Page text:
Author Topic: Hair mineral analysis  (Read 2591 times)

mellivora

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Hair mineral analysis
« on: August 12, 2013, 07:20:48 AM »
Reliability on Intra-Laboratory and Inter-Laboratory Data of Hair Mineral Analysis Comparing with Blood Analysis

There has been a lot of discussion on NSF referring to hair mineral analysis. Here's a post I wrote there with a link to  a recent (2013) Korean study that looked at variations in hair testing results at 3 different labs.

http://www.ncbi.nlm.nih.gov/pmc/articles/PMC3582931/#__ffn_sectitle

One of its conclusions is that the interpretation of hair mineral analysis results is challenging because there do not seem to be  well established, standardised 'normal' reference ranges for the tests. The ranges vary from lab to lab and so do the interpretations of results.

(Of course sometimes we run into trouble with the more established normal ranges for blood tests too. I once had a cortisol test where my cortisol was at the very top of the 'normal' range. The doctor was adamant that my cortisol was therefore normal. But a change of less than half of one per cent would have put me out of normal range and I wonder what the doctor's conclusion would have been then! Personally, I think that my result at least warranted further investigation...)

Daveman

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Re: Hair mineral analysis
« Reply #1 on: August 13, 2013, 11:51:02 AM »
I'm an engineer, and there are bad engineers too.

It really does seem though that some professions must be more heavily controlled. I understand that there are algorithms and procedures that say that "normal ranges" are normal ranges for a reason, but they always need to be taken in context, based on other measurements AND patients' description of their problem.

the focus is so much on "business". "If I turn 5 patients in an hour I make 20% more. If I can sell a certain medicine, I make a comission, if I can convince the patient to operate, I gain much more in fees. They probably don't  even know they are doing it, it is all so normal in the industry.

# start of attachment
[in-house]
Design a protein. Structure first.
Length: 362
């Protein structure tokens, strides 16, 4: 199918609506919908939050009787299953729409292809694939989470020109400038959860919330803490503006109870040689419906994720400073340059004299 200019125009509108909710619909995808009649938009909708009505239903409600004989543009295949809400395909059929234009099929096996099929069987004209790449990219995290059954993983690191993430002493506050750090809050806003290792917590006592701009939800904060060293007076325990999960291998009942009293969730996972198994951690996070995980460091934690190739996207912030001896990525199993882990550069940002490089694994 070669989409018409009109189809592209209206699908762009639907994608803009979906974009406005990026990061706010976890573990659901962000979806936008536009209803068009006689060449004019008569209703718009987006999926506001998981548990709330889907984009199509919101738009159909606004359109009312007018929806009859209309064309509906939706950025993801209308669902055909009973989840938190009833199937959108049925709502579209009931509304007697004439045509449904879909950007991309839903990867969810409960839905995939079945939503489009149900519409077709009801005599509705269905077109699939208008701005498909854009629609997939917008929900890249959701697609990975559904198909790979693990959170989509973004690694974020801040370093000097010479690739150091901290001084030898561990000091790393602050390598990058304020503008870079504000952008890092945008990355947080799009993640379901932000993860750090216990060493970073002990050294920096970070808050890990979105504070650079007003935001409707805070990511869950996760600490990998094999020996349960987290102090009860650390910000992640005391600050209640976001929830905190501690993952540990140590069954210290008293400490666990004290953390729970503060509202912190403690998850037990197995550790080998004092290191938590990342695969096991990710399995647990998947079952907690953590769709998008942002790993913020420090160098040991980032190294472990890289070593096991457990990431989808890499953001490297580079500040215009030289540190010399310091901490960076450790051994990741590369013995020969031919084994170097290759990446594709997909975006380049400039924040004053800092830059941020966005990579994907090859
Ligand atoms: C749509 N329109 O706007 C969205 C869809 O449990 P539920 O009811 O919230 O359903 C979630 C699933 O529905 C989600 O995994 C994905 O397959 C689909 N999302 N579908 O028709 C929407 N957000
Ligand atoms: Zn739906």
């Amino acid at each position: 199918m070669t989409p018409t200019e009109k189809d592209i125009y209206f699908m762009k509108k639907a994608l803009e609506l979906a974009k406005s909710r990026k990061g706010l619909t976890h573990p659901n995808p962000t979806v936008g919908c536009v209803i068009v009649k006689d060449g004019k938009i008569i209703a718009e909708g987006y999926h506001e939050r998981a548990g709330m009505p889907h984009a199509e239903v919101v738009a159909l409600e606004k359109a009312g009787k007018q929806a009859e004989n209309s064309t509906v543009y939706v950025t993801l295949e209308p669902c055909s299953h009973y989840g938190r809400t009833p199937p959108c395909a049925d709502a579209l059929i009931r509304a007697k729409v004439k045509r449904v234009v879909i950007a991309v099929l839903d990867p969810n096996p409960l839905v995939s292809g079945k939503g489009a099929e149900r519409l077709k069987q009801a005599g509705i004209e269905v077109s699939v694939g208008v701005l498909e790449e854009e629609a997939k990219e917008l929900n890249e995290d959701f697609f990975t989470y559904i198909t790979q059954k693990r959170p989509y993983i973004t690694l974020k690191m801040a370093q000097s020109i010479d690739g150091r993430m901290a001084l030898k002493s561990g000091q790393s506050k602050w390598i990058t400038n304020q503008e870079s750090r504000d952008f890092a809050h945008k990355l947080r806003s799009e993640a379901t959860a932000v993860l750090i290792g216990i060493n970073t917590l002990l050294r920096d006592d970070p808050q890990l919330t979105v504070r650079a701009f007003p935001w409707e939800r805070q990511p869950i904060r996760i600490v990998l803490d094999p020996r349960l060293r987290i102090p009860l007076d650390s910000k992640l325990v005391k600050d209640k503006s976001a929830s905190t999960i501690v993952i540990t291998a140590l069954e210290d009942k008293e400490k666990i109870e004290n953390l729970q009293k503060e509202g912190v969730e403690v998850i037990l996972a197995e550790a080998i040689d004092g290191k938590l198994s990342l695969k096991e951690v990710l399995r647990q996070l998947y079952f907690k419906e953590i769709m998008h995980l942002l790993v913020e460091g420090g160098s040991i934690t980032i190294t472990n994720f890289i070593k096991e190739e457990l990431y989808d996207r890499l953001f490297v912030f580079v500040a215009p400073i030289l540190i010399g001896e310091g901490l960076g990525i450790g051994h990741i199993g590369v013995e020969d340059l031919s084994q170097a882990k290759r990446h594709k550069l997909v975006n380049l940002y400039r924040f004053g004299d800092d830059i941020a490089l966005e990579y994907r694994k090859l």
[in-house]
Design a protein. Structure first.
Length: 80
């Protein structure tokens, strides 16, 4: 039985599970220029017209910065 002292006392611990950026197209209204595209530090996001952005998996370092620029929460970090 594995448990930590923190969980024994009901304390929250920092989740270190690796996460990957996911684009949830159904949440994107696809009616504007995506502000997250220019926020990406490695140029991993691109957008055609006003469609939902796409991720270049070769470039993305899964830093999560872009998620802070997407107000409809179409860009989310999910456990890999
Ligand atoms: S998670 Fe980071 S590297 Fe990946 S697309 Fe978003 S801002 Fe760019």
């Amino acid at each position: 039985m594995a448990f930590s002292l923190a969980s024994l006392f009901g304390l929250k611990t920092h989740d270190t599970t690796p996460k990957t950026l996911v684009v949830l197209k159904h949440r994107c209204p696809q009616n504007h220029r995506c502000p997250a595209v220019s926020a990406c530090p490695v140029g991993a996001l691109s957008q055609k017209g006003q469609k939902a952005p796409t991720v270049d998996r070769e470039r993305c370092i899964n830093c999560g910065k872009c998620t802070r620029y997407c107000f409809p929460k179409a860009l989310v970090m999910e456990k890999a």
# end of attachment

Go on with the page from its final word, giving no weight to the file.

As with so many other professions, the good ones are part of the top 20%.... it really should be the other way around, especially when it comes to health and welfare.

Unfortunately the WEB services and quick analysis services (Blood/hair/DNA) that were probably created as a result of the deficiency in response by doctors to do these things for us, falls basically into the same trap. They are fast turn businesses, and don't REALLY care about the patient. They just see an opportunity.

The funny thing is, that we want to believe that health care-givers really care about us.

(Sigh)
WITHOUT RESEARCH THERE WILL BE NO CURE!
Sessions 5 to 9 days, mostly Flu-like, joints, digestion problems, light cognitive.
Niacin has changed my lif though, now 1 day MAX.
Somewhere in this interaction with Niacin is the answer!

Stef

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Re: Hair mineral analysis
« Reply #2 on: August 13, 2013, 02:13:04 PM »
I'm an engineer, and there are bad engineers too.

It really does seem though that some professions must be more heavily controlled. I understand that there are algorithms and procedures that say that "normal ranges" are normal ranges for a reason, but they always need to be taken in context, based on other measurements AND patients' description of their problem.

the focus is so much on "business". "If I turn 5 patients in an hour I make 20% more. If I can sell a certain medicine, I make a comission, if I can convince the patient to operate, I gain much more in fees. They probably don't  even know they are doing it, it is all so normal in the industry.

As with so many other professions, the good ones are part of the top 20%.... it really should be the other way around, especially when it comes to health and welfare.

Unfortunately the WEB services and quick analysis services (Blood/hair/DNA) that were probably created as a result of the deficiency in response by doctors to do these things for us, falls basically into the same trap. They are fast turn businesses, and don't REALLY care about the patient. They just see an opportunity.

The funny thing is, that we want to believe that health care-givers really care about us.

(Sigh)


Hi Daveman!

There are definitely a few rotten apples in the health care barrel.

But from my perspective at NORD -- when it comes to rare disorders -- rare disease specialists really, seriously, genuinely and passionately care about patients.  It's absolutely not about the money (although money to fund studies is extremely important to them).

There are probably some exceptions, but in fact, I cannot recall ever speaking with or being in contact with a rare disease specialist who didn't care about the patient, first and foremost --

http://blog.rarediseases.org/rare-disease-researchers-they-really-do-care/

Stef